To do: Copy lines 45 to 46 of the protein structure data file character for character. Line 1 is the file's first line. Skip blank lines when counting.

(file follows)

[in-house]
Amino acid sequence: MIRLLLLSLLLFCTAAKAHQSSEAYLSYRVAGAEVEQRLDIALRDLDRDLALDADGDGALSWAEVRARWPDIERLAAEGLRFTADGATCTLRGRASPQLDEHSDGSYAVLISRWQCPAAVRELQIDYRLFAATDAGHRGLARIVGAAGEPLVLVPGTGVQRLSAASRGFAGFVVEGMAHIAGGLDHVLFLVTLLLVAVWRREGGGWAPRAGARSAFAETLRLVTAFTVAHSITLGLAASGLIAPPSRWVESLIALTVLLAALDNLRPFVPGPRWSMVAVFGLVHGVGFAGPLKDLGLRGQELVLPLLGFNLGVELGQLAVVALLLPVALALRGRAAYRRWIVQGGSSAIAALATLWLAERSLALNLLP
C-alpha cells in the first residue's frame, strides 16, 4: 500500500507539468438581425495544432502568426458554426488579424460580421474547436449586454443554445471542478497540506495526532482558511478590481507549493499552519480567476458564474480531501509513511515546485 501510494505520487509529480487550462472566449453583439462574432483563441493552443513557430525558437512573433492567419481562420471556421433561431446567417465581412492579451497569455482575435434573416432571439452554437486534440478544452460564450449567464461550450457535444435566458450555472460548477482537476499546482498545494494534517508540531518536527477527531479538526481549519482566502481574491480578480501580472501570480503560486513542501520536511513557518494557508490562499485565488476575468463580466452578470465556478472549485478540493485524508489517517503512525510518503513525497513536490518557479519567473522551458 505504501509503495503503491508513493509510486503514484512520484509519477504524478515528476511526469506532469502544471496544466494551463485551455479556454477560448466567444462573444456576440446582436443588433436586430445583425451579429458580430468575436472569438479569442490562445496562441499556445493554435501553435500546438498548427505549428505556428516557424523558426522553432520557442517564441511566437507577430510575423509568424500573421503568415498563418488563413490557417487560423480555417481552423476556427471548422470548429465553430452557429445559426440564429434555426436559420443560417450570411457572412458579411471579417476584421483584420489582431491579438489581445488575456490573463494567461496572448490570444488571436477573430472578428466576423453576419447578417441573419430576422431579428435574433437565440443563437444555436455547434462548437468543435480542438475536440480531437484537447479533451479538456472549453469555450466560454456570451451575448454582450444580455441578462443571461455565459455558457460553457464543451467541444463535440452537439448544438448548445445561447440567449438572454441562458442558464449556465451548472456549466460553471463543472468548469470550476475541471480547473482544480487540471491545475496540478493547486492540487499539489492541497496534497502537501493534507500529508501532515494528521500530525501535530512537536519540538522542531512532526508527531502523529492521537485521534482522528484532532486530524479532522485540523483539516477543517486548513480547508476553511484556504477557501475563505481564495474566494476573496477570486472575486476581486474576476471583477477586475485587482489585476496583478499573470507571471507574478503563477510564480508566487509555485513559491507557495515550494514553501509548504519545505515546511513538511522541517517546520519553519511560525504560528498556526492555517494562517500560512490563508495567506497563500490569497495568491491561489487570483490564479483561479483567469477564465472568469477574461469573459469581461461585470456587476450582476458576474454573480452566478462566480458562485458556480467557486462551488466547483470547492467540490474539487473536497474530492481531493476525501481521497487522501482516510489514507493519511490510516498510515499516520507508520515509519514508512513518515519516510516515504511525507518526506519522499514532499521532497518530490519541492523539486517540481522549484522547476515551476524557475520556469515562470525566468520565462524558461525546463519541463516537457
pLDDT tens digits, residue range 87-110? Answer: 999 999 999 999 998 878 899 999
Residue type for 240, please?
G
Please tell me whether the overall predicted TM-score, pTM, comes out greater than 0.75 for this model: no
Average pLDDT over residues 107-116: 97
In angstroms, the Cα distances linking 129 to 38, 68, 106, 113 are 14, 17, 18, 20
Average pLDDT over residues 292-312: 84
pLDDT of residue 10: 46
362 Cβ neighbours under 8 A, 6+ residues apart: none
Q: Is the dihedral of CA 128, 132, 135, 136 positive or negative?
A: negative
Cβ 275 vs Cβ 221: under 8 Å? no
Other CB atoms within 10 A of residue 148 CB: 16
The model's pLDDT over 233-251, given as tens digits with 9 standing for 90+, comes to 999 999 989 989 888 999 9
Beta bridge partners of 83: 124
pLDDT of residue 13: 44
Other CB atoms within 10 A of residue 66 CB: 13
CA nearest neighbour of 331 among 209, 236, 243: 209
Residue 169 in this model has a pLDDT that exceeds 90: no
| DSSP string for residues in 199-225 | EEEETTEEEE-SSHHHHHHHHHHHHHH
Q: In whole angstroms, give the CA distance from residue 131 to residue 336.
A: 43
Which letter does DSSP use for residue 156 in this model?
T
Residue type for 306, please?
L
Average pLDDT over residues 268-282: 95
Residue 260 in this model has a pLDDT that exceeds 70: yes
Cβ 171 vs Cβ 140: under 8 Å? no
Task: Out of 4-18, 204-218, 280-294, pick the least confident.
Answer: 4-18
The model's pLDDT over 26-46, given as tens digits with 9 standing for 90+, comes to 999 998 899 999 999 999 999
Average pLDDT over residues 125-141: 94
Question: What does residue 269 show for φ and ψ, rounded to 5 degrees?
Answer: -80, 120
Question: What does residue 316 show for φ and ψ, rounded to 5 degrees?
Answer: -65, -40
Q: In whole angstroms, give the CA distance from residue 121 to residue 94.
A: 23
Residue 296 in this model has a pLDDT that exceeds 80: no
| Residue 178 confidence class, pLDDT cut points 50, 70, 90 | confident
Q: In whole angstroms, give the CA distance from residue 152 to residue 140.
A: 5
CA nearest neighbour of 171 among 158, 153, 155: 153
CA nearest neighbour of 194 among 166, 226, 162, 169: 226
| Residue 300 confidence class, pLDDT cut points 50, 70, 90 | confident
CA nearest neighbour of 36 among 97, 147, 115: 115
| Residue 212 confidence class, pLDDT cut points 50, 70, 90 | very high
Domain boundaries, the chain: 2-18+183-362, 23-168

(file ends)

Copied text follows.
Q: In whole angstroms, give the CA distance from residue 152 to residue 140.
A: 5